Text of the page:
WHILE it did not win an Oscar as the Best Picture in the 91st Academy Awards, “Roma” took three awards: Best Director, Best Cinematography and Best Foreign Film. Nominated in 10 categories, Alfonso Cuaron’s black-and-white cine obtained wide media buildup, thanks to the promotional campaign of the Netflix. It was much a victory for Cuaron as it was for Netflix.
Cuaron is no stranger in Hollywood. He has proven himself reliable in directing artistically appealing, as well as commercially successful motion pictures. His work in the George Clooney-Sandra Bullock film “Gravity” got him his first Oscar, while directing Harry Potter and the Prisoner of Azkaban put him on the A-list.
Netflix has challenged major players in the film industry and is rattling theater operators. It now produces direct-to-TV movies that are at par in quality with those backed by the likes of Walt Disney Studios, Sony Pictures and Warner Bros. It is changing the viewing habit of the public away from the movie houses to the comfort of their homes. Netflix spends good money on popular actors and noted directors for flicks meant for its subscribers; but for years it could not compete for the Oscars as its films have no theatrical exhibition. To circumvent the rule, it had “Roma” shown in theaters for a limited period prior to releasing this on cable.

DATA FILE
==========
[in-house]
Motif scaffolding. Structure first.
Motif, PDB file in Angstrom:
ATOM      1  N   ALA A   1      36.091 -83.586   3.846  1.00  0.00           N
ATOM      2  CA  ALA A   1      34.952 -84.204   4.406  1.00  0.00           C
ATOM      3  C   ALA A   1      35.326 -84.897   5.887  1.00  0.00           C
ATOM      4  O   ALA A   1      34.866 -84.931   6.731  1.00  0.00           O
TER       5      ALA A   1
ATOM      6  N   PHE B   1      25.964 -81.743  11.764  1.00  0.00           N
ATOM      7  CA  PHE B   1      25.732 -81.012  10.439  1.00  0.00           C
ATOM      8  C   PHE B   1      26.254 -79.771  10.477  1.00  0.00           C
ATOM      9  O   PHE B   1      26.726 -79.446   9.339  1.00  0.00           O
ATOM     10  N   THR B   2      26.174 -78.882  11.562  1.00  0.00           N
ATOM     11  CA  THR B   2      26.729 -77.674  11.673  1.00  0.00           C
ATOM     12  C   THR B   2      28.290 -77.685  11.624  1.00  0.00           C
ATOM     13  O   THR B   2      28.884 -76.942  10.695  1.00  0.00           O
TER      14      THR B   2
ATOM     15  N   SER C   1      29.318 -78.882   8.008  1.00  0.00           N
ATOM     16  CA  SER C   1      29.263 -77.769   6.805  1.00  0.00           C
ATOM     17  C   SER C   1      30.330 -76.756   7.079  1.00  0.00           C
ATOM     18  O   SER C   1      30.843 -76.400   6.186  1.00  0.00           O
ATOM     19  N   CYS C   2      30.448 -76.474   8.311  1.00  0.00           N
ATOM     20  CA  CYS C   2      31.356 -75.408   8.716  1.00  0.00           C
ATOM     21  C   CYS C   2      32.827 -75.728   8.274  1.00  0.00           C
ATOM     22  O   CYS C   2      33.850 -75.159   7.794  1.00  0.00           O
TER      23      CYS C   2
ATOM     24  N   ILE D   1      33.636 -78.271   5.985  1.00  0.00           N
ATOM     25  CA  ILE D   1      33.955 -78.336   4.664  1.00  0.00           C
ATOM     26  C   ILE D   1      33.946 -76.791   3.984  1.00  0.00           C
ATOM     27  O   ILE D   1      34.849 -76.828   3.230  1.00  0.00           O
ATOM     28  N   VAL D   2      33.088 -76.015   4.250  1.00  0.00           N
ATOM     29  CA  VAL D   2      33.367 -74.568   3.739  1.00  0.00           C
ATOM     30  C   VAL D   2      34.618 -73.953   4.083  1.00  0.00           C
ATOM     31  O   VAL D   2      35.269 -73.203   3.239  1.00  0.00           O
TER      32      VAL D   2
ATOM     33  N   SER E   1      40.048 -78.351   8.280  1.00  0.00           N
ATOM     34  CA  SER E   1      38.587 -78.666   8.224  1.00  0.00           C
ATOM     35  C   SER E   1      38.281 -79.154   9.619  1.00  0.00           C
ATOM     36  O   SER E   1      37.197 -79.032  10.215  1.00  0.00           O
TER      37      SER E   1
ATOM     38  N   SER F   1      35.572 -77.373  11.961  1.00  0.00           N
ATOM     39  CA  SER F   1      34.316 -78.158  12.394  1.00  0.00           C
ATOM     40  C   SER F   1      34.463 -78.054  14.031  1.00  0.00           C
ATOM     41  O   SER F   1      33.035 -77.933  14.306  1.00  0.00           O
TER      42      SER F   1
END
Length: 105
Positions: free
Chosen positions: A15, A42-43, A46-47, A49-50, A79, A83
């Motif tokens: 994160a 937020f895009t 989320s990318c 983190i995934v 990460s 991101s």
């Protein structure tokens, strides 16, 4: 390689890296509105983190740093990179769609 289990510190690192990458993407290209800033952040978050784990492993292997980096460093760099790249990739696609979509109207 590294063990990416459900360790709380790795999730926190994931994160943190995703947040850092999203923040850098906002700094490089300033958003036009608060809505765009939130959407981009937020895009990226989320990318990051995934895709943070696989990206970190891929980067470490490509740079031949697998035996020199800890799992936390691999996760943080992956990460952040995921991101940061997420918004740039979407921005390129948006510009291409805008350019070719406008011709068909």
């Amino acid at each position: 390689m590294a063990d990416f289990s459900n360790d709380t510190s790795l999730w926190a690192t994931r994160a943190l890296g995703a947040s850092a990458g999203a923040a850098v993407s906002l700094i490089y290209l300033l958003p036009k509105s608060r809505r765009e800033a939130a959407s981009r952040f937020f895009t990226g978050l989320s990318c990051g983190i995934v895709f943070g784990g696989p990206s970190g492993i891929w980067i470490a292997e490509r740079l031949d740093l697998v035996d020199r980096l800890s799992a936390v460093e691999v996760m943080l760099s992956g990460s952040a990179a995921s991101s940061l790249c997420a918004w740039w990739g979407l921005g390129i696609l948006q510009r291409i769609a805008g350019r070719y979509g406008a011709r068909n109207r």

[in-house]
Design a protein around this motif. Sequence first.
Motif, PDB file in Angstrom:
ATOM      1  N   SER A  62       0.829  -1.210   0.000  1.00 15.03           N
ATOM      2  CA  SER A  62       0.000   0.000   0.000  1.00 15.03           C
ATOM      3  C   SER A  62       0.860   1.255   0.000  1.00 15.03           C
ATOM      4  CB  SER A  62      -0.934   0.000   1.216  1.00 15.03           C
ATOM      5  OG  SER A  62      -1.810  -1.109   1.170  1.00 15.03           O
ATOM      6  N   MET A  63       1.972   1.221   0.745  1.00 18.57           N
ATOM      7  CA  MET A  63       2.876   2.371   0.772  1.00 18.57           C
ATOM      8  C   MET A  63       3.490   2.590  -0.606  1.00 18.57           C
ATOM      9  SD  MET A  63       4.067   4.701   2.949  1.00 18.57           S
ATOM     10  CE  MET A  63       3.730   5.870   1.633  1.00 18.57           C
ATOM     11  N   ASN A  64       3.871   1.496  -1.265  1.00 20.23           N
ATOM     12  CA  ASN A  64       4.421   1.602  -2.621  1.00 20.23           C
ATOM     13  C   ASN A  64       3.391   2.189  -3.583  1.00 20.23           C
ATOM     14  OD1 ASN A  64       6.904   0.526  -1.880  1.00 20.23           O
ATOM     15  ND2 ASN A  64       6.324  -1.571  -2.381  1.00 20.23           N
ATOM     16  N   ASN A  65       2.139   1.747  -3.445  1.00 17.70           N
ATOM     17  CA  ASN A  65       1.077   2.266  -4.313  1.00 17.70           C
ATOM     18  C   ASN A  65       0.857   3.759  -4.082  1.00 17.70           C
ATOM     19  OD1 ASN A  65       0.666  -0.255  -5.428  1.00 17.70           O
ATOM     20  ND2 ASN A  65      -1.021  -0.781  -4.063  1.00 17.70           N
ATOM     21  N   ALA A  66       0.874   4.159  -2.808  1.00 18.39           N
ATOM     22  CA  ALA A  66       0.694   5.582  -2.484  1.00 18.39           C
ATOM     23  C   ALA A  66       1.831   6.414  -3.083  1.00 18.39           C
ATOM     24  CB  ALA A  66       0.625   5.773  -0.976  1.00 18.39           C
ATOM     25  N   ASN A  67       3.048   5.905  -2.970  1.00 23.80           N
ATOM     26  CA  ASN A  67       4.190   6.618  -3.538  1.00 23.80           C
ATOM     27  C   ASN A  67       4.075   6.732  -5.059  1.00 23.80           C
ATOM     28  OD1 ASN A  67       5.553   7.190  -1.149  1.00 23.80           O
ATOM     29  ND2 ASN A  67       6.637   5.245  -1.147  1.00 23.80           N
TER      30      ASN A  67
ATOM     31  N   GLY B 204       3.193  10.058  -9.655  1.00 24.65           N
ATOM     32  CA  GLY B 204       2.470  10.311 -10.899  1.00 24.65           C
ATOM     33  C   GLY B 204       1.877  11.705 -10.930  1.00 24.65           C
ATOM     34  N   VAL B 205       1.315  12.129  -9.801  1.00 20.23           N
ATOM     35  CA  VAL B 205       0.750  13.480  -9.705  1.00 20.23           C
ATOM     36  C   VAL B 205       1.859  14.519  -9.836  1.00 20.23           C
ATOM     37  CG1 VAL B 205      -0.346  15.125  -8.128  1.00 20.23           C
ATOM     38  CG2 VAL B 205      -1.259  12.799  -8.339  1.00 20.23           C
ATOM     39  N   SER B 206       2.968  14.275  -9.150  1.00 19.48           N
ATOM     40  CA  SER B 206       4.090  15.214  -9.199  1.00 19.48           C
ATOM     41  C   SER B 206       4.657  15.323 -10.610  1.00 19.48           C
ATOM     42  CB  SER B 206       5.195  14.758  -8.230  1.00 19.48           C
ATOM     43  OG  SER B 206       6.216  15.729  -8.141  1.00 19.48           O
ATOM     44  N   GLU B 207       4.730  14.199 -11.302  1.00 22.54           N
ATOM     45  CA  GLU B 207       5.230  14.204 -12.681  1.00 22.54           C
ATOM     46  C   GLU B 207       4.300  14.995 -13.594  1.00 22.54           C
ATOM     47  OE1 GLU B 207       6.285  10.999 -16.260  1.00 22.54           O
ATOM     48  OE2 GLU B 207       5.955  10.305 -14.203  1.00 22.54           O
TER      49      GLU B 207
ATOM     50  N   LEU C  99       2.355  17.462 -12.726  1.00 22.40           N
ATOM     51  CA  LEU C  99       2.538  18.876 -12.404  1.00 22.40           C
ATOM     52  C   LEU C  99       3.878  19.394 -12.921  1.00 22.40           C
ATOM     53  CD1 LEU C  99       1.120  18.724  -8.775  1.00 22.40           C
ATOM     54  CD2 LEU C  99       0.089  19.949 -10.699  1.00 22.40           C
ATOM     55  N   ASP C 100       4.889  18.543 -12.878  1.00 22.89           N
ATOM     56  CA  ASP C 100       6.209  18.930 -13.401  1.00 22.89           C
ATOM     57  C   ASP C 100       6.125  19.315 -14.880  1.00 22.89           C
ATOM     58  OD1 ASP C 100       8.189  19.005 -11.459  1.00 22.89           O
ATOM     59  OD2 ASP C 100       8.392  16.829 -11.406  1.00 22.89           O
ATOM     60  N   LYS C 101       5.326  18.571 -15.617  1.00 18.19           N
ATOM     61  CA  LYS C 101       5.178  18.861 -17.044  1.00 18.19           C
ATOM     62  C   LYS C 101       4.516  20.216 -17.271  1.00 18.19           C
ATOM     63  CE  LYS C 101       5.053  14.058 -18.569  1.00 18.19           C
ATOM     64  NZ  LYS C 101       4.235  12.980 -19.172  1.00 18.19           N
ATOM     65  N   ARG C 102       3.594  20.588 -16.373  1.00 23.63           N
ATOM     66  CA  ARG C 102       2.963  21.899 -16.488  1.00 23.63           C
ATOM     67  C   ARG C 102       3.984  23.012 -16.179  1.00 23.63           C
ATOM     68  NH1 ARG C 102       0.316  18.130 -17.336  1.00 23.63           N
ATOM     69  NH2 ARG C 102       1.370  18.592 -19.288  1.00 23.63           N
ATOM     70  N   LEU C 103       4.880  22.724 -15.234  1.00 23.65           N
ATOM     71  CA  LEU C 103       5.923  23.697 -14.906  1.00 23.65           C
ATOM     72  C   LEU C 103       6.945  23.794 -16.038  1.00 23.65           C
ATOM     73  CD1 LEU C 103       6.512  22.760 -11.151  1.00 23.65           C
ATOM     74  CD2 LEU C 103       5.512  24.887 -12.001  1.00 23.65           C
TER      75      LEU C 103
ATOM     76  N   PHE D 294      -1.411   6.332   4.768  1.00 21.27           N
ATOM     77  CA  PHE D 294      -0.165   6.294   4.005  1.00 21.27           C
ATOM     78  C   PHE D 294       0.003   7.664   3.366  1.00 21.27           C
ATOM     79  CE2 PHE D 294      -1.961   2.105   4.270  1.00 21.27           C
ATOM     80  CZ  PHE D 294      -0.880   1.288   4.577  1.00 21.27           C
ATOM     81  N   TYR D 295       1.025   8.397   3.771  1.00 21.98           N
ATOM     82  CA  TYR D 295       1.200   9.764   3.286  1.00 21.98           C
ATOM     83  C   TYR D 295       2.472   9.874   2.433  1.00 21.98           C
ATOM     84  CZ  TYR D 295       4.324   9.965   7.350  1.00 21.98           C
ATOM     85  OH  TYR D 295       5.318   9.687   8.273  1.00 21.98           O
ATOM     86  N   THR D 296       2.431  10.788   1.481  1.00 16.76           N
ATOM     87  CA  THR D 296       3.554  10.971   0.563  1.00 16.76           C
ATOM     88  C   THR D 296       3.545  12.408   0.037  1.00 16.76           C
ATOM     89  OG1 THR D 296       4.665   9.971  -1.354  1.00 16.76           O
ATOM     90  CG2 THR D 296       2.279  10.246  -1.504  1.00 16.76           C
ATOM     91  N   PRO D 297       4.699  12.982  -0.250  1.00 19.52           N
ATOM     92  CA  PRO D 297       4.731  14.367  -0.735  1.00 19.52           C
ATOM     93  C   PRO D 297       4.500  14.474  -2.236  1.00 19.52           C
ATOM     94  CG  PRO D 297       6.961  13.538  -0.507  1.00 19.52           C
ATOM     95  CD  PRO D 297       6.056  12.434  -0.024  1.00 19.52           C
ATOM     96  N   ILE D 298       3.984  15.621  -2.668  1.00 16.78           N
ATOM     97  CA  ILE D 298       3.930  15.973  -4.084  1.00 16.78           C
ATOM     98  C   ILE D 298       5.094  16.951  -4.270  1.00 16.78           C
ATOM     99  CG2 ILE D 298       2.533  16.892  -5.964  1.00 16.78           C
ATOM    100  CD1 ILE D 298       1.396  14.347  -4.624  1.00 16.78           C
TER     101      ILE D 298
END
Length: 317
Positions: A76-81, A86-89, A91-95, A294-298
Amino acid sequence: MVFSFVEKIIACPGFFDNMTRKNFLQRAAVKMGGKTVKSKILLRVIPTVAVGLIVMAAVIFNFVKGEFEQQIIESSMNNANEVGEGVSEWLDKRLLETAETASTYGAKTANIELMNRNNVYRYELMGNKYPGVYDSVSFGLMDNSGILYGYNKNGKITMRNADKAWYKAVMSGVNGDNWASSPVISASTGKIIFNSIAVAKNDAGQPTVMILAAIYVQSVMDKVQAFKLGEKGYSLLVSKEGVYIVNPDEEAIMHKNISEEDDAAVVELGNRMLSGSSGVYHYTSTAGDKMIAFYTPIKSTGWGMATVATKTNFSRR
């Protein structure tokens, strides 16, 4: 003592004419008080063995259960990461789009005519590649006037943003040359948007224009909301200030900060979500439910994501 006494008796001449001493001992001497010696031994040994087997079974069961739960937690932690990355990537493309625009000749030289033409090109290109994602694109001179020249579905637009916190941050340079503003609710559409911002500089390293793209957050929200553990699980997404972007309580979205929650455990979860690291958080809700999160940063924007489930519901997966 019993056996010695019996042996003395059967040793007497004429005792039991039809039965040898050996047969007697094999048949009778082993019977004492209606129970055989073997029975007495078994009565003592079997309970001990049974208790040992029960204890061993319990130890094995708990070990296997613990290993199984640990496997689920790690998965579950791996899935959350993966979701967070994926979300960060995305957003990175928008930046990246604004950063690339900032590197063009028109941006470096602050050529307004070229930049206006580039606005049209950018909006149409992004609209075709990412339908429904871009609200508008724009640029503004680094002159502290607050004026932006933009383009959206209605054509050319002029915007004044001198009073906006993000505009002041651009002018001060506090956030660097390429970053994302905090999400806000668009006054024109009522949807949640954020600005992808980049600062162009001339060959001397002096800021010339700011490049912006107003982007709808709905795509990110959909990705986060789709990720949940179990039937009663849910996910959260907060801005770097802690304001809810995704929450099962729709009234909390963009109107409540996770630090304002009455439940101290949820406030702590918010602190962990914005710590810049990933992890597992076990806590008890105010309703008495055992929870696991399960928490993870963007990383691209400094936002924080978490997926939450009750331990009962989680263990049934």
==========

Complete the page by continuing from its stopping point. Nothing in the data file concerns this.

Described as a highly personal film of Cuaron, “Roma” chronicles the life of a live-in domestic helper to a middle-class family living in the Colona Roma neighborhood in Mexico City. I doubt if any of the big studios would have financed the feature even with Cuaron’s credentials, considering its lack of commercial appeal and casting of unknown actors. For Netflix it was a no-brainer: brilliant director, low production cost and potential contender for awards.
Cuaron is in his element in “Roma.” The choice of black-and-white is a master stroke, as it gives the film periodic authenticity. The story line is as real to life as it gets. The 56-year-old filmmaker tied up the personal struggle of the main character to the poor state of his native land at that point in time. The actors do their parts so seamlessly without the drama, so much so that it has the feel of a documentary.
Actually, “Roma” reminded me of the films of Lino Brocka, one of the Philippines most illustrious directors. Growing up during Martial Law, I found Brocka’s motion pictures revealing of the ills of society--poverty, criminality, abuse of authority and discrimination. Who can ever forget “Insiang,” “Tinimbang Ka Ngunit Kulang,” “Ora Pro Nobis” and “Manila: Sa Kuko nga Liwanag”? I have to say this: the body of work of Brocka dwarfs this “masterpiece” of Cuaron.
Cuaron is lucky as with his brilliance, he was able to get his feet into Hollywood, a chance that Lino Brocka never had.